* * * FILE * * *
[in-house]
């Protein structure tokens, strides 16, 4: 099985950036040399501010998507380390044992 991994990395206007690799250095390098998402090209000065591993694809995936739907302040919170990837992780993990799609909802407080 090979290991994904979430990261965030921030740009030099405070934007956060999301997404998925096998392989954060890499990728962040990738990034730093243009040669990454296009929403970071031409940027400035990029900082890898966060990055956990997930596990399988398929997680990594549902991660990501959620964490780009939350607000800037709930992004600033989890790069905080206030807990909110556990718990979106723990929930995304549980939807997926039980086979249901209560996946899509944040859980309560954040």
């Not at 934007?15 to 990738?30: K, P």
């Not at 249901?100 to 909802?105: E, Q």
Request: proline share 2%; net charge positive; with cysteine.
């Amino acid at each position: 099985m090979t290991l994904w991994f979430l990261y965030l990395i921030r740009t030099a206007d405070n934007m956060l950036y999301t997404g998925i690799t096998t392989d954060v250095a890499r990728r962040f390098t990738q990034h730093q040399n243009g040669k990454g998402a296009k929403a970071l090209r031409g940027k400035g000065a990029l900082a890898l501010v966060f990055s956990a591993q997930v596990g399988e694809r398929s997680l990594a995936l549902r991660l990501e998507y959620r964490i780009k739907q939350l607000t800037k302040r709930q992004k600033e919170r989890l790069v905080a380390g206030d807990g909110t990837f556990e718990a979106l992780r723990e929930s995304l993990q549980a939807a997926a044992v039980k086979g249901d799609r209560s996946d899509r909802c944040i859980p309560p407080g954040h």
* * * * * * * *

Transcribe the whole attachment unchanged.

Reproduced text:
[in-house]
């Protein structure tokens, strides 16, 4: 099985950036040399501010998507380390044992 991994990395206007690799250095390098998402090209000065591993694809995936739907302040919170990837992780993990799609909802407080 090979290991994904979430990261965030921030740009030099405070934007956060999301997404998925096998392989954060890499990728962040990738990034730093243009040669990454296009929403970071031409940027400035990029900082890898966060990055956990997930596990399988398929997680990594549902991660990501959620964490780009939350607000800037709930992004600033989890790069905080206030807990909110556990718990979106723990929930995304549980939807997926039980086979249901209560996946899509944040859980309560954040």
């Not at 934007?15 to 990738?30: K, P």
């Not at 249901?100 to 909802?105: E, Q």
Request: proline share 2%; net charge positive; with cysteine.
């Amino acid at each position: 099985m090979t290991l994904w991994f979430l990261y965030l990395i921030r740009t030099a206007d405070n934007m956060l950036y999301t997404g998925i690799t096998t392989d954060v250095a890499r990728r962040f390098t990738q990034h730093q040399n243009g040669k990454g998402a296009k929403a970071l090209r031409g940027k400035g000065a990029l900082a890898l501010v966060f990055s956990a591993q997930v596990g399988e694809r398929s997680l990594a995936l549902r991660l990501e998507y959620r964490i780009k739907q939350l607000t800037k302040r709930q992004k600033e919170r989890l790069v905080a380390g206030d807990g909110t990837f556990e718990a979106l992780r723990e929930s995304l993990q549980a939807a997926a044992v039980k086979g249901d799609r209560s996946d899509r909802c944040i859980p309560p407080g954040h």